Dialysis firms defend anemia drug use along ethnic lines

Citing data suggesting that African-American patients need more of the drug, the kidney dialysis industry has begun to argue that limits on its use of Amgen's Epogen could harm patients. According to the U.S. Renal Data System, African-American patients in 2004 got 20,633 doses of Epogen per week, as compared with 17,806 doses for Caucasian patients. The firms are using this data to fight possible limits on Medicare reimbursement for Epogen, limits which have already been proposed in legislation which has already been passed by the House of Representatives.

The firms are fighting back in the face of research questioning Epogen use patterns, including a study published in the Journal of the American Medical Association which suggested that patients in for-profit dialysis chains routinely get higher doses of the drug. Critics note that such doses can boost red blood cells above FDA levels, and can also increase risk for death and heart attacks.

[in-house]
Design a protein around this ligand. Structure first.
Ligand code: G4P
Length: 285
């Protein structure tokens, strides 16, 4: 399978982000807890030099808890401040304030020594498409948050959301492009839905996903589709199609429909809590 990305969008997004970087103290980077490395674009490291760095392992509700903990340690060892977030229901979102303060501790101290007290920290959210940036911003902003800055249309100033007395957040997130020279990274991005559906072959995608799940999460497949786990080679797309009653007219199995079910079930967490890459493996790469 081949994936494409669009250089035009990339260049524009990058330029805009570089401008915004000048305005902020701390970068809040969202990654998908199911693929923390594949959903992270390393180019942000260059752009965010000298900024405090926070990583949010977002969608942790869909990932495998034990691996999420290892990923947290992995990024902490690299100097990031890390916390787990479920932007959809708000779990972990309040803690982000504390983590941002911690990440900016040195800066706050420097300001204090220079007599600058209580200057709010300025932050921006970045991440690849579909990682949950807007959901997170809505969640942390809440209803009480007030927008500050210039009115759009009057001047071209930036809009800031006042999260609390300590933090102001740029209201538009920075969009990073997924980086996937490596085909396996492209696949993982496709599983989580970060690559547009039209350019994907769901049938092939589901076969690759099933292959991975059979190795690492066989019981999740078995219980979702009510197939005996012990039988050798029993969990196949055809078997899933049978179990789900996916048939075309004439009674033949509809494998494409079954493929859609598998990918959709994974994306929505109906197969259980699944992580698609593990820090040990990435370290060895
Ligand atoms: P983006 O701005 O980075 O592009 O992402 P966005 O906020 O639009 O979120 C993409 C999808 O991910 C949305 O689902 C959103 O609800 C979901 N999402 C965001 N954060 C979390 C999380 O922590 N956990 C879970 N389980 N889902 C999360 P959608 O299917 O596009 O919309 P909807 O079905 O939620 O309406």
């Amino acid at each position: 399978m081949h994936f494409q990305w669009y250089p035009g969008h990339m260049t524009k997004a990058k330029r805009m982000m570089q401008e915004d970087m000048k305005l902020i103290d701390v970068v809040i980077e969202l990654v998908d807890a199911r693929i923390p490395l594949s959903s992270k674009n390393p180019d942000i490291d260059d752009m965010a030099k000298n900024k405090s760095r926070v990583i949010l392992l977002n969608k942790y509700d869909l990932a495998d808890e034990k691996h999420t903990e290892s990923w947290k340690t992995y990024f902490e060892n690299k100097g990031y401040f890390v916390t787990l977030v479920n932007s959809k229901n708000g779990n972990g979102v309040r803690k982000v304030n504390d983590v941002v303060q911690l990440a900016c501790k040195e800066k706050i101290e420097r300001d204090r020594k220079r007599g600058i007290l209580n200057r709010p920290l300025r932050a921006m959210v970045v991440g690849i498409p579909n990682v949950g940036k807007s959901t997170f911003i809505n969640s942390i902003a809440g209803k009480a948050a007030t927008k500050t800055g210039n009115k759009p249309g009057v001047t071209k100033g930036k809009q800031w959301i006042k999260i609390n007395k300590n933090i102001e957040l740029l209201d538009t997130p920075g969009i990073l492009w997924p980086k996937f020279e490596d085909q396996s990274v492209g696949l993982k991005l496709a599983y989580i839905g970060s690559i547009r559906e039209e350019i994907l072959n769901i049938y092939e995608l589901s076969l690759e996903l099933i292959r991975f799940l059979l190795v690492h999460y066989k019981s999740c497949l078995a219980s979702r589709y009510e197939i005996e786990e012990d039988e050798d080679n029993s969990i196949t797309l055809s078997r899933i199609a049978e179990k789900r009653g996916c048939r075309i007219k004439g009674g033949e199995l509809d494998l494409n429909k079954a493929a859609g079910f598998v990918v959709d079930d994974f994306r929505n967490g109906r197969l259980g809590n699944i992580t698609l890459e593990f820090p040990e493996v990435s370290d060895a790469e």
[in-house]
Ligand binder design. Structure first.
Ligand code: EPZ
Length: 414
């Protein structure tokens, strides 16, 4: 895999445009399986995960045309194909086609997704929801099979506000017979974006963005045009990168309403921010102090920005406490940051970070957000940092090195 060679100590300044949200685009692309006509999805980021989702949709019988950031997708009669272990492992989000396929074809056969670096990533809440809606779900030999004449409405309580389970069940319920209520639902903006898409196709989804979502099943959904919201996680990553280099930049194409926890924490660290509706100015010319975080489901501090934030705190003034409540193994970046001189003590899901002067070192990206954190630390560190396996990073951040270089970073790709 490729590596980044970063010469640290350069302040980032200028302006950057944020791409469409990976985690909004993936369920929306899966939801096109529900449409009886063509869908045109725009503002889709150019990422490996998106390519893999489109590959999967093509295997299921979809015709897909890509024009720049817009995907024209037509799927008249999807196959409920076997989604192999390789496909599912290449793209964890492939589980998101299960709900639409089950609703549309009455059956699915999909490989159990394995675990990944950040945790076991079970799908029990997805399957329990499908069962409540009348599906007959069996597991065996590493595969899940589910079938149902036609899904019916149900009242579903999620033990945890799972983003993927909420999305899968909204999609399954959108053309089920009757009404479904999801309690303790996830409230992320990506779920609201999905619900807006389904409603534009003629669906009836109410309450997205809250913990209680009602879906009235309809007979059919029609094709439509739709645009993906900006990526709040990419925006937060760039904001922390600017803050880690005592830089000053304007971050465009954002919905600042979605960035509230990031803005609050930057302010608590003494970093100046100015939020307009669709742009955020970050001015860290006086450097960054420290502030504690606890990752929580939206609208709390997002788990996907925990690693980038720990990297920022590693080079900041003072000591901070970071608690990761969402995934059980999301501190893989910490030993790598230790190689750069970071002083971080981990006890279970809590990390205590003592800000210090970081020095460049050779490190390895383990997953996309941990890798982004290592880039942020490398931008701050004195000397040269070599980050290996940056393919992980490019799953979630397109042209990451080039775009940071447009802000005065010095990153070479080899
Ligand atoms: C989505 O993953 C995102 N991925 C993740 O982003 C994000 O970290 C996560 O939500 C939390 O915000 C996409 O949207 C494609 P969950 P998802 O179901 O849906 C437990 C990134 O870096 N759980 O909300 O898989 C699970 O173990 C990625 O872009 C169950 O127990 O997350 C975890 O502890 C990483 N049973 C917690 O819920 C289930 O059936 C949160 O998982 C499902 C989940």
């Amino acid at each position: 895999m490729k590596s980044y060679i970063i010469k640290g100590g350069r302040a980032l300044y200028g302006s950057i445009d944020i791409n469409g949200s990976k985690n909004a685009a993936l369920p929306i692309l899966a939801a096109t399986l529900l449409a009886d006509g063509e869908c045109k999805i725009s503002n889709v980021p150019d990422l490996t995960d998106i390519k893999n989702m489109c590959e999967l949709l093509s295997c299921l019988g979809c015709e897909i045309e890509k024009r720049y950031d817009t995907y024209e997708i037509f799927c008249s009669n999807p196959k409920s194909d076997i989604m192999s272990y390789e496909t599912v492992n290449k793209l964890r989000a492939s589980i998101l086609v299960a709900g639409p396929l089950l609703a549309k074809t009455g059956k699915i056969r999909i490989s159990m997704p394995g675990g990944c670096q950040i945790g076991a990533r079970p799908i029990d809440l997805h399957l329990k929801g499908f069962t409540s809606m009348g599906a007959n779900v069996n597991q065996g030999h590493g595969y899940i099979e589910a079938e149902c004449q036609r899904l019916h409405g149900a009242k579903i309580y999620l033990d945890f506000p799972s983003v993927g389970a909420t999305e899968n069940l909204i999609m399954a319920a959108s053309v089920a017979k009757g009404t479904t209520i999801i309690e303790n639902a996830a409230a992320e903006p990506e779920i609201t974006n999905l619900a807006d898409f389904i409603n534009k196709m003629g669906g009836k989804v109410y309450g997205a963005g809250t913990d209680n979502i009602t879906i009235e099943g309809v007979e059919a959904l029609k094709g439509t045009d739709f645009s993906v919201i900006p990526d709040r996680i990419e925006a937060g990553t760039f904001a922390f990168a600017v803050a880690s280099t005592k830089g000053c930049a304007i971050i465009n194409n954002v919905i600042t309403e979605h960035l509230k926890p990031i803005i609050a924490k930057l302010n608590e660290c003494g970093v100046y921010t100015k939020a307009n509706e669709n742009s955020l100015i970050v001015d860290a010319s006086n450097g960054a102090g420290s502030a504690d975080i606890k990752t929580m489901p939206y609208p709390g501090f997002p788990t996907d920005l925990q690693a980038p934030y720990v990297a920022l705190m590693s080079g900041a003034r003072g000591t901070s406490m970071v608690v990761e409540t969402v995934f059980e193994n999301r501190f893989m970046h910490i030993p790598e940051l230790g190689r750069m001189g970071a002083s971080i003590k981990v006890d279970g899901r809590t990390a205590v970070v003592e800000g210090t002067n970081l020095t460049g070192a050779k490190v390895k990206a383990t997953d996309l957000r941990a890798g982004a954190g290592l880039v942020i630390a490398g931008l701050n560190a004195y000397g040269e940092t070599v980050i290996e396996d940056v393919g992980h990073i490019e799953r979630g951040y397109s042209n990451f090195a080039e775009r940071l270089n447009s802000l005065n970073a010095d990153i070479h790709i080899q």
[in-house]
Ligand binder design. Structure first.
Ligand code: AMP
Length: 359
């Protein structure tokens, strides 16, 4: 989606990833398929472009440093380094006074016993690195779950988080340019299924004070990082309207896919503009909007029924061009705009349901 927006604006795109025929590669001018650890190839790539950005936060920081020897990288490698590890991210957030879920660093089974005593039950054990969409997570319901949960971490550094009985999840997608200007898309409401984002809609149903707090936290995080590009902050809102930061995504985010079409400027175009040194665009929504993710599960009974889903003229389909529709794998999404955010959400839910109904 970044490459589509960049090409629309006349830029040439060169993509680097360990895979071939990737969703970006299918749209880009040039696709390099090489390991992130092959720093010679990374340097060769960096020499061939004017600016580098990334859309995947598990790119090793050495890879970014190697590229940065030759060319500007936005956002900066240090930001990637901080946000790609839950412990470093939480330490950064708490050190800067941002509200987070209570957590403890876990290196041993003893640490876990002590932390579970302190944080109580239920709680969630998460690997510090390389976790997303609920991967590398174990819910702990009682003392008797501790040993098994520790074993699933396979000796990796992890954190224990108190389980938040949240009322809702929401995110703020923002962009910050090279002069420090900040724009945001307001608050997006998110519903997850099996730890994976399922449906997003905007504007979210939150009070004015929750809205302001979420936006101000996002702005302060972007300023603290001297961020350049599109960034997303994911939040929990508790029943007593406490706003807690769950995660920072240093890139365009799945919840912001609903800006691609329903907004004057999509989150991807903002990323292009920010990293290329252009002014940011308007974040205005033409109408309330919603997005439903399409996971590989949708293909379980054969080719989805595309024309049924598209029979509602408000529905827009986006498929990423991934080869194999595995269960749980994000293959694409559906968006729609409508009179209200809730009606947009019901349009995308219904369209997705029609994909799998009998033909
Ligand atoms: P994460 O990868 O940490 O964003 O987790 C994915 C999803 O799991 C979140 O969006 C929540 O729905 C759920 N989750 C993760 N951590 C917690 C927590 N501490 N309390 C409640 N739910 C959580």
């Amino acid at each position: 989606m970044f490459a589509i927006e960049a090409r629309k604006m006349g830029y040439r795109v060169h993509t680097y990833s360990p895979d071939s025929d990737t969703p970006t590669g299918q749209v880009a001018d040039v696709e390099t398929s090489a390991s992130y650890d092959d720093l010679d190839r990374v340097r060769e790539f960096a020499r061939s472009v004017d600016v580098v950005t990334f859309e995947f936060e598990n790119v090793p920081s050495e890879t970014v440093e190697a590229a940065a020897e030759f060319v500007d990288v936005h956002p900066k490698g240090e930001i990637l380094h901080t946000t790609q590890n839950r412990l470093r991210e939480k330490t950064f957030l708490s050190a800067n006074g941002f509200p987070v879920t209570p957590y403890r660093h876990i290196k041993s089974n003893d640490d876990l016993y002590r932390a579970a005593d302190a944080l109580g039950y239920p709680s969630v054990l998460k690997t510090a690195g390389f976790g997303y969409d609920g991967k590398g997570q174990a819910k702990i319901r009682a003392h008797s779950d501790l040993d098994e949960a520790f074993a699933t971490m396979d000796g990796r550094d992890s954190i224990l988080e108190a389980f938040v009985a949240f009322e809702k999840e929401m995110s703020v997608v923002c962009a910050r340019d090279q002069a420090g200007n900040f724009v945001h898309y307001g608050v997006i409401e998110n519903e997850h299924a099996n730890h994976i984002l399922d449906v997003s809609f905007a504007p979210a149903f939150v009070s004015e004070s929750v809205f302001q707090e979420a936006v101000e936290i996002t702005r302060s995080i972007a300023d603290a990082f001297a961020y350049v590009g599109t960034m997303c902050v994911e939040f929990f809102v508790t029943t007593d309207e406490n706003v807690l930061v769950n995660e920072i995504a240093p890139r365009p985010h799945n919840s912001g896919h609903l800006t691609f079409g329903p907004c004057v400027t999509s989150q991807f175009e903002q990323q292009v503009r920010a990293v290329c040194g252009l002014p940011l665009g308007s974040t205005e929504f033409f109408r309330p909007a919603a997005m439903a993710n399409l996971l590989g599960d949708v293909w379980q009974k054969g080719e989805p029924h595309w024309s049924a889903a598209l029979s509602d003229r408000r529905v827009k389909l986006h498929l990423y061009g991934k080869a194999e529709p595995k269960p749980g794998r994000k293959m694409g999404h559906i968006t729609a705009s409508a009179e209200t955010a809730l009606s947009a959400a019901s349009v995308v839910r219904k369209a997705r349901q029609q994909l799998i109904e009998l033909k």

To learn more about the Epogen debate:
- read this Kaiser Daily Health Policy Report article

Related Articles:
Study: Dialysis chains profit from higher Epogen use. Report
Amgen stock slips as anemia drug concerns rise. Report

Suggested Articles

The profit margins and management of Community Health Group raise questions about oversight of managed care insurers.

Financial experts are warning practices about the pitfalls of promoting medical credit cards to their patients.

A proposed rule issued by HHS on Tuesday would expand short-term coverage, a move Seema Verma said will have "virtually no impact" on ACA premiums.